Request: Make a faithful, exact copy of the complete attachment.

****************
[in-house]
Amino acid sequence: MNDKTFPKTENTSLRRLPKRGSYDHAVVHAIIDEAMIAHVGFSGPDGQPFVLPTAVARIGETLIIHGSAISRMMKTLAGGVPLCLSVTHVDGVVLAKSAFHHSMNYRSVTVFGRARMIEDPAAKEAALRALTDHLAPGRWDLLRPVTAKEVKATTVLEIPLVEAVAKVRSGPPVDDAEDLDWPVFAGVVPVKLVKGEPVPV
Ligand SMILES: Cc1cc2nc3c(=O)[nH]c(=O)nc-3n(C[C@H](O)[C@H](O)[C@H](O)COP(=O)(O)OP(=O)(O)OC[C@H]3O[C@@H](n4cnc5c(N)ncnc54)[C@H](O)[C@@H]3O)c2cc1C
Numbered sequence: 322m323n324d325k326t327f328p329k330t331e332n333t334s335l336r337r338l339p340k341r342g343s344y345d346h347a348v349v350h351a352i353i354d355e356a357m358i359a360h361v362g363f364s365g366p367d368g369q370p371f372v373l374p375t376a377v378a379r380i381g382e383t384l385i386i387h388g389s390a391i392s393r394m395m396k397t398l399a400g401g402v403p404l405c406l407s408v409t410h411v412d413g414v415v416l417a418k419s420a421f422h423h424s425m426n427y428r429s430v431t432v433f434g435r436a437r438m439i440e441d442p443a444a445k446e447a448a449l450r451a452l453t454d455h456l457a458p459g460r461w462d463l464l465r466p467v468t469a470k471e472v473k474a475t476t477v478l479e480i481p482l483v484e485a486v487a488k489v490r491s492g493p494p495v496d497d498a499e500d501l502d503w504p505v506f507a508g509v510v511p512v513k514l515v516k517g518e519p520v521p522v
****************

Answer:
[in-house]
Amino acid sequence: MNDKTFPKTENTSLRRLPKRGSYDHAVVHAIIDEAMIAHVGFSGPDGQPFVLPTAVARIGETLIIHGSAISRMMKTLAGGVPLCLSVTHVDGVVLAKSAFHHSMNYRSVTVFGRARMIEDPAAKEAALRALTDHLAPGRWDLLRPVTAKEVKATTVLEIPLVEAVAKVRSGPPVDDAEDLDWPVFAGVVPVKLVKGEPVPV
Ligand SMILES: Cc1cc2nc3c(=O)[nH]c(=O)nc-3n(C[C@H](O)[C@H](O)[C@H](O)COP(=O)(O)OP(=O)(O)OC[C@H]3O[C@@H](n4cnc5c(N)ncnc54)[C@H](O)[C@@H]3O)c2cc1C
Numbered sequence: 322m323n324d325k326t327f328p329k330t331e332n333t334s335l336r337r338l339p340k341r342g343s344y345d346h347a348v349v350h351a352i353i354d355e356a357m358i359a360h361v362g363f364s365g366p367d368g369q370p371f372v373l374p375t376a377v378a379r380i381g382e383t384l385i386i387h388g389s390a391i392s393r394m395m396k397t398l399a400g401g402v403p404l405c406l407s408v409t410h411v412d413g414v415v416l417a418k419s420a421f422h423h424s425m426n427y428r429s430v431t432v433f434g435r436a437r438m439i440e441d442p443a444a445k446e447a448a449l450r451a452l453t454d455h456l457a458p459g460r461w462d463l464l465r466p467v468t469a470k471e472v473k474a475t476t477v478l479e480i481p482l483v484e485a486v487a488k489v490r491s492g493p494p495v496d497d498a499e500d501l502d503w504p505v506f507a508g509v510v511p512v513k514l515v516k517g518e519p520v521p522v